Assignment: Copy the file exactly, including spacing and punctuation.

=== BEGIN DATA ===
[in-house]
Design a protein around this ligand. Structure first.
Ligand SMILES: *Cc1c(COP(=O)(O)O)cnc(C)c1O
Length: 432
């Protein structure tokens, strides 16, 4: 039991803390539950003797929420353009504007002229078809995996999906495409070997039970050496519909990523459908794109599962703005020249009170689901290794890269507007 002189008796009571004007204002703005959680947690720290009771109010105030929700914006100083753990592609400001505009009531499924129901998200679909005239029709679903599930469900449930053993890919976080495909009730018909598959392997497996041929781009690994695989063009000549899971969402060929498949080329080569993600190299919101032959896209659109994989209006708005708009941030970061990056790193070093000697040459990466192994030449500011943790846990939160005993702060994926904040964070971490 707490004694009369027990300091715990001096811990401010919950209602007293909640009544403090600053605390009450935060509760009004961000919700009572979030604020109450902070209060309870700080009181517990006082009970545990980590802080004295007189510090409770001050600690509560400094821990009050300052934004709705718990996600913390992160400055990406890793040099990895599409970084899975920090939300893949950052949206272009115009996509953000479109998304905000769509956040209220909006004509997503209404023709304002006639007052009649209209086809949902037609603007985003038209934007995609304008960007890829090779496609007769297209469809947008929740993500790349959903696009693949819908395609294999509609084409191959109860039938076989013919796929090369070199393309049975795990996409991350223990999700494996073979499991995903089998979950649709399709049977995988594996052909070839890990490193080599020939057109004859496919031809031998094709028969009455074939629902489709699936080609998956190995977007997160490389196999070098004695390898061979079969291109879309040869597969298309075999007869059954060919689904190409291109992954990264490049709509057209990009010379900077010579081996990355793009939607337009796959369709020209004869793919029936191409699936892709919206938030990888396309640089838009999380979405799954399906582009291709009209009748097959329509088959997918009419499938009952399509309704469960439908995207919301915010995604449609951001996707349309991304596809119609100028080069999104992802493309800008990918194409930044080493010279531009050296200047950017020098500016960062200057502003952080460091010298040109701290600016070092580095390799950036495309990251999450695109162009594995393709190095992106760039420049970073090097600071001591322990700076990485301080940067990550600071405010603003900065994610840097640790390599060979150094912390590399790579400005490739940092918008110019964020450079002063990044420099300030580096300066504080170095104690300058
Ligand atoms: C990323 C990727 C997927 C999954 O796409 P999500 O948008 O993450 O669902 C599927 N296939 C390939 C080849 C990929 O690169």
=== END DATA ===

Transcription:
[in-house]
Design a protein around this ligand. Structure first.
Ligand SMILES: *Cc1c(COP(=O)(O)O)cnc(C)c1O
Length: 432
């Protein structure tokens, strides 16, 4: 039991803390539950003797929420353009504007002229078809995996999906495409070997039970050496519909990523459908794109599962703005020249009170689901290794890269507007 002189008796009571004007204002703005959680947690720290009771109010105030929700914006100083753990592609400001505009009531499924129901998200679909005239029709679903599930469900449930053993890919976080495909009730018909598959392997497996041929781009690994695989063009000549899971969402060929498949080329080569993600190299919101032959896209659109994989209006708005708009941030970061990056790193070093000697040459990466192994030449500011943790846990939160005993702060994926904040964070971490 707490004694009369027990300091715990001096811990401010919950209602007293909640009544403090600053605390009450935060509760009004961000919700009572979030604020109450902070209060309870700080009181517990006082009970545990980590802080004295007189510090409770001050600690509560400094821990009050300052934004709705718990996600913390992160400055990406890793040099990895599409970084899975920090939300893949950052949206272009115009996509953000479109998304905000769509956040209220909006004509997503209404023709304002006639007052009649209209086809949902037609603007985003038209934007995609304008960007890829090779496609007769297209469809947008929740993500790349959903696009693949819908395609294999509609084409191959109860039938076989013919796929090369070199393309049975795990996409991350223990999700494996073979499991995903089998979950649709399709049977995988594996052909070839890990490193080599020939057109004859496919031809031998094709028969009455074939629902489709699936080609998956190995977007997160490389196999070098004695390898061979079969291109879309040869597969298309075999007869059954060919689904190409291109992954990264490049709509057209990009010379900077010579081996990355793009939607337009796959369709020209004869793919029936191409699936892709919206938030990888396309640089838009999380979405799954399906582009291709009209009748097959329509088959997918009419499938009952399509309704469960439908995207919301915010995604449609951001996707349309991304596809119609100028080069999104992802493309800008990918194409930044080493010279531009050296200047950017020098500016960062200057502003952080460091010298040109701290600016070092580095390799950036495309990251999450695109162009594995393709190095992106760039420049970073090097600071001591322990700076990485301080940067990550600071405010603003900065994610840097640790390599060979150094912390590399790579400005490739940092918008110019964020450079002063990044420099300030580096300066504080170095104690300058
Ligand atoms: C990323 C990727 C997927 C999954 O796409 P999500 O948008 O993450 O669902 C599927 N296939 C390939 C080849 C990929 O690169």